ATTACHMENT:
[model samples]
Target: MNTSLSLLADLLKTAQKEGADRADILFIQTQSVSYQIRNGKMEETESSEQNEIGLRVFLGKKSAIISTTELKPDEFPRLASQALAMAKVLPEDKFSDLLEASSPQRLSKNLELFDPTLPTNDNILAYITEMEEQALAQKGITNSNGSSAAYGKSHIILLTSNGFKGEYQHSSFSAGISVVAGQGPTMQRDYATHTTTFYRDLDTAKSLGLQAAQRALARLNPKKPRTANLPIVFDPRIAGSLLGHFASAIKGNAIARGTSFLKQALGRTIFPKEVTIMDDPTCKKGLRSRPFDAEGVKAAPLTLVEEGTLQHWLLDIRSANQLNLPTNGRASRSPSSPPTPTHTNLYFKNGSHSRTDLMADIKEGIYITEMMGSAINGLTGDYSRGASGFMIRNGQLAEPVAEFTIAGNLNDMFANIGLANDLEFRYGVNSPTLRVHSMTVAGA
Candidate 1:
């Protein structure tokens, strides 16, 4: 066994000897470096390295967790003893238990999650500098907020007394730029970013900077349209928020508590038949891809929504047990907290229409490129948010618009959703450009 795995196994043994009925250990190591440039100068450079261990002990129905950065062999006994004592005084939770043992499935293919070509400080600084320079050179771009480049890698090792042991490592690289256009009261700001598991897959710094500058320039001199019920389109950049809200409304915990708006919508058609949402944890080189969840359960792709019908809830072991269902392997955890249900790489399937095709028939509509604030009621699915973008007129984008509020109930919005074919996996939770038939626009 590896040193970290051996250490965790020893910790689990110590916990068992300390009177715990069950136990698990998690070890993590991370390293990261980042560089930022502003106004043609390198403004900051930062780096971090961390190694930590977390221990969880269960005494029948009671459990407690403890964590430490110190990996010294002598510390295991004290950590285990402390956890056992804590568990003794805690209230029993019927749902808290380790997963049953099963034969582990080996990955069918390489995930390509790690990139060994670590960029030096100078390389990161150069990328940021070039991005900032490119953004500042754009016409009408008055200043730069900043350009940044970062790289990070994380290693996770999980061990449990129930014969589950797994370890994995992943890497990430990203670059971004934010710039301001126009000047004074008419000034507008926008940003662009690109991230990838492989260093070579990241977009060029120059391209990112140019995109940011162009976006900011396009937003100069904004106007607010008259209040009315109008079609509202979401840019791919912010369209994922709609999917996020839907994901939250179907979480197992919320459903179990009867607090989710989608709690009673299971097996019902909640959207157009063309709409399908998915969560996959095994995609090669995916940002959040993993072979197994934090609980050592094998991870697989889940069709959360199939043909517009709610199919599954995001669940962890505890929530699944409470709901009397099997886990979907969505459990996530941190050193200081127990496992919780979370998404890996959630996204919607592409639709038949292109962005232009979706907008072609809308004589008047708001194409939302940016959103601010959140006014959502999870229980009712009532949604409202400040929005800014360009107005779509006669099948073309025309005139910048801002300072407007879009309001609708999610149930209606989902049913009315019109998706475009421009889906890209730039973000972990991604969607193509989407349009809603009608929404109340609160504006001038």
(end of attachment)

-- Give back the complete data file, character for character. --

[model samples]
Target: MNTSLSLLADLLKTAQKEGADRADILFIQTQSVSYQIRNGKMEETESSEQNEIGLRVFLGKKSAIISTTELKPDEFPRLASQALAMAKVLPEDKFSDLLEASSPQRLSKNLELFDPTLPTNDNILAYITEMEEQALAQKGITNSNGSSAAYGKSHIILLTSNGFKGEYQHSSFSAGISVVAGQGPTMQRDYATHTTTFYRDLDTAKSLGLQAAQRALARLNPKKPRTANLPIVFDPRIAGSLLGHFASAIKGNAIARGTSFLKQALGRTIFPKEVTIMDDPTCKKGLRSRPFDAEGVKAAPLTLVEEGTLQHWLLDIRSANQLNLPTNGRASRSPSSPPTPTHTNLYFKNGSHSRTDLMADIKEGIYITEMMGSAINGLTGDYSRGASGFMIRNGQLAEPVAEFTIAGNLNDMFANIGLANDLEFRYGVNSPTLRVHSMTVAGA
Candidate 1:
């Protein structure tokens, strides 16, 4: 066994000897470096390295967790003893238990999650500098907020007394730029970013900077349209928020508590038949891809929504047990907290229409490129948010618009959703450009 795995196994043994009925250990190591440039100068450079261990002990129905950065062999006994004592005084939770043992499935293919070509400080600084320079050179771009480049890698090792042991490592690289256009009261700001598991897959710094500058320039001199019920389109950049809200409304915990708006919508058609949402944890080189969840359960792709019908809830072991269902392997955890249900790489399937095709028939509509604030009621699915973008007129984008509020109930919005074919996996939770038939626009 590896040193970290051996250490965790020893910790689990110590916990068992300390009177715990069950136990698990998690070890993590991370390293990261980042560089930022502003106004043609390198403004900051930062780096971090961390190694930590977390221990969880269960005494029948009671459990407690403890964590430490110190990996010294002598510390295991004290950590285990402390956890056992804590568990003794805690209230029993019927749902808290380790997963049953099963034969582990080996990955069918390489995930390509790690990139060994670590960029030096100078390389990161150069990328940021070039991005900032490119953004500042754009016409009408008055200043730069900043350009940044970062790289990070994380290693996770999980061990449990129930014969589950797994370890994995992943890497990430990203670059971004934010710039301001126009000047004074008419000034507008926008940003662009690109991230990838492989260093070579990241977009060029120059391209990112140019995109940011162009976006900011396009937003100069904004106007607010008259209040009315109008079609509202979401840019791919912010369209994922709609999917996020839907994901939250179907979480197992919320459903179990009867607090989710989608709690009673299971097996019902909640959207157009063309709409399908998915969560996959095994995609090669995916940002959040993993072979197994934090609980050592094998991870697989889940069709959360199939043909517009709610199919599954995001669940962890505890929530699944409470709901009397099997886990979907969505459990996530941190050193200081127990496992919780979370998404890996959630996204919607592409639709038949292109962005232009979706907008072609809308004589008047708001194409939302940016959103601010959140006014959502999870229980009712009532949604409202400040929005800014360009107005779509006669099948073309025309005139910048801002300072407007879009309001609708999610149930209606989902049913009315019109998706475009421009889906890209730039973000972990991604969607193509989407349009809603009608929404109340609160504006001038």